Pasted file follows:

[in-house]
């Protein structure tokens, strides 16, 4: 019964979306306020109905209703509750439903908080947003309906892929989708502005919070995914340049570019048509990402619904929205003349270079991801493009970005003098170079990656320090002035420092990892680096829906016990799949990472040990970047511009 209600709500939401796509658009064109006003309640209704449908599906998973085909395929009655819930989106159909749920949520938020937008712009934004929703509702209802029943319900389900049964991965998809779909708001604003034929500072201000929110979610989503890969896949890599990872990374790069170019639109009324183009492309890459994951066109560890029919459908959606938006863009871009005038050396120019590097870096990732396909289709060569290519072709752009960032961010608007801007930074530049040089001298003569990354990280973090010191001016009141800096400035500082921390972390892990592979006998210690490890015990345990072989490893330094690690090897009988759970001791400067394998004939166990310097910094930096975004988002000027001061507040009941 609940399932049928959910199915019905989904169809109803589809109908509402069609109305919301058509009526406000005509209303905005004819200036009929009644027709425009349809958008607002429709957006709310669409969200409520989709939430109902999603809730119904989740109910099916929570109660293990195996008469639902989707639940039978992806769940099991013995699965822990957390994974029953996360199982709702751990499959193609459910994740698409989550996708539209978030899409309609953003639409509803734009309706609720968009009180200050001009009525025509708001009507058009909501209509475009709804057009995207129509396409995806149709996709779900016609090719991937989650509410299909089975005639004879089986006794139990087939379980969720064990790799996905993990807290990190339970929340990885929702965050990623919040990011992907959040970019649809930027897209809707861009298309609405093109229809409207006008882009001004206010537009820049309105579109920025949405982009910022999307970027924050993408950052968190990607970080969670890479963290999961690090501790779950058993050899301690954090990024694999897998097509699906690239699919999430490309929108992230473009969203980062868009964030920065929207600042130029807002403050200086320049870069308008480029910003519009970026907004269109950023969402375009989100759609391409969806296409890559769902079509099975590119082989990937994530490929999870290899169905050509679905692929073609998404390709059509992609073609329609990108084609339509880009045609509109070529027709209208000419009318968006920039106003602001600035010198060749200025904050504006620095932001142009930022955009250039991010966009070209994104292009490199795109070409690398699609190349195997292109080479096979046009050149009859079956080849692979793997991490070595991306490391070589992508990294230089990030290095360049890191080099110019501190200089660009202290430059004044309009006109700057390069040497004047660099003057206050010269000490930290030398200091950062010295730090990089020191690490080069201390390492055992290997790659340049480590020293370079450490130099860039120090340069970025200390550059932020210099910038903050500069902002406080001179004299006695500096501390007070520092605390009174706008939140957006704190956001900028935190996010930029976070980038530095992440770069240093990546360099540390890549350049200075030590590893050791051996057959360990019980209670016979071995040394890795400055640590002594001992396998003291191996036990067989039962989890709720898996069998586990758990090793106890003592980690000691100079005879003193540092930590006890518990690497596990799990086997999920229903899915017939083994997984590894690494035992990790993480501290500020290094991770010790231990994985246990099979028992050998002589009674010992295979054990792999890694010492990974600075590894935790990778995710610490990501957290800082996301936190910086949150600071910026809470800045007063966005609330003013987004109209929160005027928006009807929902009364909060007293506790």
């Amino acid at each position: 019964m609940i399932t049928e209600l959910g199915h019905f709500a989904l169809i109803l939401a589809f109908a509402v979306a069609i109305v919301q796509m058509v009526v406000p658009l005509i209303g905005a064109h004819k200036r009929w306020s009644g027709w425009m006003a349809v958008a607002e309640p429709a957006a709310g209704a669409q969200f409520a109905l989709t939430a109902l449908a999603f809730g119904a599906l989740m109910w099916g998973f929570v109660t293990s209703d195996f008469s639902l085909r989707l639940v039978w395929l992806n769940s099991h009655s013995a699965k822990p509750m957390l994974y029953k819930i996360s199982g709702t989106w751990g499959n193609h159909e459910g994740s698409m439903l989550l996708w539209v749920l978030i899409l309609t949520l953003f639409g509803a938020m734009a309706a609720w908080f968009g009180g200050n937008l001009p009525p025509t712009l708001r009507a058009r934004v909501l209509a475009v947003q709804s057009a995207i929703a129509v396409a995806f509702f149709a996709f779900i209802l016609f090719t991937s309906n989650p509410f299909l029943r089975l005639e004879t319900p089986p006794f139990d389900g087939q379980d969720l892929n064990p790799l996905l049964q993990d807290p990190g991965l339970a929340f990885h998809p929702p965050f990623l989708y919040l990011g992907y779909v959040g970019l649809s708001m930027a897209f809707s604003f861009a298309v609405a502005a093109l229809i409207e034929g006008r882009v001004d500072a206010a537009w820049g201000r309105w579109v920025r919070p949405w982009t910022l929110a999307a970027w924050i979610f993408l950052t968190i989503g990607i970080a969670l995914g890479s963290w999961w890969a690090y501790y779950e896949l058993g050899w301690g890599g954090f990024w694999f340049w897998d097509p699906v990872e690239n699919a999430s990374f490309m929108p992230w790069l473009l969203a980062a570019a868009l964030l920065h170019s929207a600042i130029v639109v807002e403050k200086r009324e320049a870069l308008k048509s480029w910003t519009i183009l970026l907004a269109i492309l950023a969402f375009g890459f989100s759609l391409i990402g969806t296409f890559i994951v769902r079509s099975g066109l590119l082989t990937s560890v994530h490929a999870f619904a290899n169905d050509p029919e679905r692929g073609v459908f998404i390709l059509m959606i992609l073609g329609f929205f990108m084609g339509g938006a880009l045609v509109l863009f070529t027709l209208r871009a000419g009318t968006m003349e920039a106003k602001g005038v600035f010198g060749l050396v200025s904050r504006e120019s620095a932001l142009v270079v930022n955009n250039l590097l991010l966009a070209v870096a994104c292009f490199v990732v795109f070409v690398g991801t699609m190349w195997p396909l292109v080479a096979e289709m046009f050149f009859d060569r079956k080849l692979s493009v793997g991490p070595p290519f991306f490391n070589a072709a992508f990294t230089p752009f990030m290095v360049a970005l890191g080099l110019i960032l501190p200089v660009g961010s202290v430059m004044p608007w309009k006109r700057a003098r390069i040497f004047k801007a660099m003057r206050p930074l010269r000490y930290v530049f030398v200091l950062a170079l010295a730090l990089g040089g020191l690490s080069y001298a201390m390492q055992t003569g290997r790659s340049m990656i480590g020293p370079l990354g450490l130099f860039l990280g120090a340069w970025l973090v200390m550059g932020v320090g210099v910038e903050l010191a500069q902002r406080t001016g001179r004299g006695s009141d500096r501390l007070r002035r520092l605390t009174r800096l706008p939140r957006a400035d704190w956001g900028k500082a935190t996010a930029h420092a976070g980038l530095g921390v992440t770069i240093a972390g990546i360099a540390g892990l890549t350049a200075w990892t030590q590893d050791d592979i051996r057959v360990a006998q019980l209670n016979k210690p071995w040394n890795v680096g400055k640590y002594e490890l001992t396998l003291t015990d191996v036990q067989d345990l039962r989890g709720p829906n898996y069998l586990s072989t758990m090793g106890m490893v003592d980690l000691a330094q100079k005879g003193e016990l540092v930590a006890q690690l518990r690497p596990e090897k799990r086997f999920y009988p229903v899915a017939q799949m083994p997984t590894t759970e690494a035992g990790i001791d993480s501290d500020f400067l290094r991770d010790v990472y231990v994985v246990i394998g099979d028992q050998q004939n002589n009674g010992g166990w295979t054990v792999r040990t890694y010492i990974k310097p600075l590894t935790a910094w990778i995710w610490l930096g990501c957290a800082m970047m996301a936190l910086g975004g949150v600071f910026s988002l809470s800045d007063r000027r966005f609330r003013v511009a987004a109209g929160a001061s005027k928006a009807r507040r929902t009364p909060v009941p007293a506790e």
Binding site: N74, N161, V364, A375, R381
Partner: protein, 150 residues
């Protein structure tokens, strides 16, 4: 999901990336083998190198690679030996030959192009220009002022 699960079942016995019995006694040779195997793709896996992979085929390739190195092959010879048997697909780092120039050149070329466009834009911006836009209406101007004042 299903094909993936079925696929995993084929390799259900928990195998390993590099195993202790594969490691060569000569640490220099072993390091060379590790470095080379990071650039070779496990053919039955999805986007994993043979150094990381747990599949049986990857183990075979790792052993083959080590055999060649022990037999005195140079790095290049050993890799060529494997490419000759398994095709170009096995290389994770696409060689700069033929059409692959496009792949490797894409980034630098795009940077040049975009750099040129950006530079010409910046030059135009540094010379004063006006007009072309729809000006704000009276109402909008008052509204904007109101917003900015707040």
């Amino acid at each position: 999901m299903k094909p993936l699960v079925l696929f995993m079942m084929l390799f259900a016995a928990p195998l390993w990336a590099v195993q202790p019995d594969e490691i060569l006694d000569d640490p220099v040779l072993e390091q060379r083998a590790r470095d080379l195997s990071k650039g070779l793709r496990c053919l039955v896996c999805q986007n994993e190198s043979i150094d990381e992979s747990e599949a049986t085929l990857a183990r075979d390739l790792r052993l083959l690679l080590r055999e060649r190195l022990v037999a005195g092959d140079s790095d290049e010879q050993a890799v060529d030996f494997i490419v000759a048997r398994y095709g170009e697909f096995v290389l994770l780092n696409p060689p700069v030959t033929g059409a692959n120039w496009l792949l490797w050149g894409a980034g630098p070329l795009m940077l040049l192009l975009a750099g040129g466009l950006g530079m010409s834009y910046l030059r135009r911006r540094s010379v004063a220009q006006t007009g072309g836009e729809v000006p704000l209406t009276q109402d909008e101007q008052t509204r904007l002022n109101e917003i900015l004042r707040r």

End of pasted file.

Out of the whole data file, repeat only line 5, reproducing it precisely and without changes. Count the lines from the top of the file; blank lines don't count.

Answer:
Partner: protein, 150 residues